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The octane tutorial is very good and easy to follow whilst spannering. The retensioning was easy as the tensioners are sprung. Take them off and give them a spin and listen. Should sound smooth. They can be rebuilt and there are articals on this forum about this.

The main pig was getting the teeth to line up on rebuild and I ended up half a tooth out. No noticable difference to mine but there are plenty here who have got it dead on. The bike right one was the main swine.

I used Gates belts sourced in the Uk and were cheaper than David silvers.

The slack you spoke of is normal but not a guide of wear as mentioned previously.
 

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Just one more thing. I found that I had to sync the carbs. Its a small point but a useful tip. In essence any work on the timing means the carbs should be sync.
 

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Born in the USSR
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My question is the old belts on the top run where there is no tensioner have about 1/2" up and down movement, is this normal or a sign they need changing, I'm only changing as this will my 10th year of ownership and whiles we've done less than 10k together over the years I think now is the time to stop pushing my luck and change them.

Gonna follow Octanes post on GL1000 belts changing as it does say 1100's are the same.
If you are not sure about belts' condition you would better replace them. If I'm not mistaken the belts must be replaced after 50K or 7 year period (for all GLs). When I bought and engine for my GL1200 it had 20K only and the belts looked pretty nice but to be sure I replaced them with new Gates belts as well well as I put new tensioners.

Sergey
 

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The real bugger is the cams that put tension on the right side. This means the right side toothed wheel is under tension when you put the belt on (the valve springs cause it to rotate back about 4 teeth).

Thats the nice thing about the octane procedure. It shows you how the fixate the wheel while you put the belt on.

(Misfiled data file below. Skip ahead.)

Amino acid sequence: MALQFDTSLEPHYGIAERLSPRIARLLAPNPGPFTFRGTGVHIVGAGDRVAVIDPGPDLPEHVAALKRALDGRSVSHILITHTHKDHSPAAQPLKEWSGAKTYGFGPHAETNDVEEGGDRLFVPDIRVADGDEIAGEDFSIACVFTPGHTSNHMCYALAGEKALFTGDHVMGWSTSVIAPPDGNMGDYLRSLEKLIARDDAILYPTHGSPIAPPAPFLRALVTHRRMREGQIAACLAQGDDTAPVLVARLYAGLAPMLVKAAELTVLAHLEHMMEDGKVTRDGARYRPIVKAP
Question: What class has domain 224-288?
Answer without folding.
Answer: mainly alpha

That 1/2 inch play sounds a lot like the belt was a tooth off at the top. The belt should just fit with about 3mm play up and down.

Also, make sure the tensioning springs are still good and the rollers are rolling free and silent. The springs are all you should need to tnsion the belts before tightening up.
 

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Vintage Rider
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If you've got the covers off, and the belts aren't brand new, replace them. I wish this wasn't an interference engine, but it is, and if the belt breaks there will be major damage.

As for the tensioners, that is another area of concern. Since my bike was 26 years old when I got it, I was concerned about them, I checked them very carefully, cleaned them up, and decided they were still good. They are not cheap, but I would have replaced them had there been any real doubts.

As for lining things up, one of mine was slightly off. But I reinstalled the belt one more notch over, and it was off way more. So basically where I had it was as close as it was going to get.

While belts do not stretch, they do have slack in them, and the more pressure you put on them the more deflection you are going to get, at least to a point. If you put a lot of pressure on them you will get more deflection than what the manual calls for, and pressure is hard to describe without a way to measure it.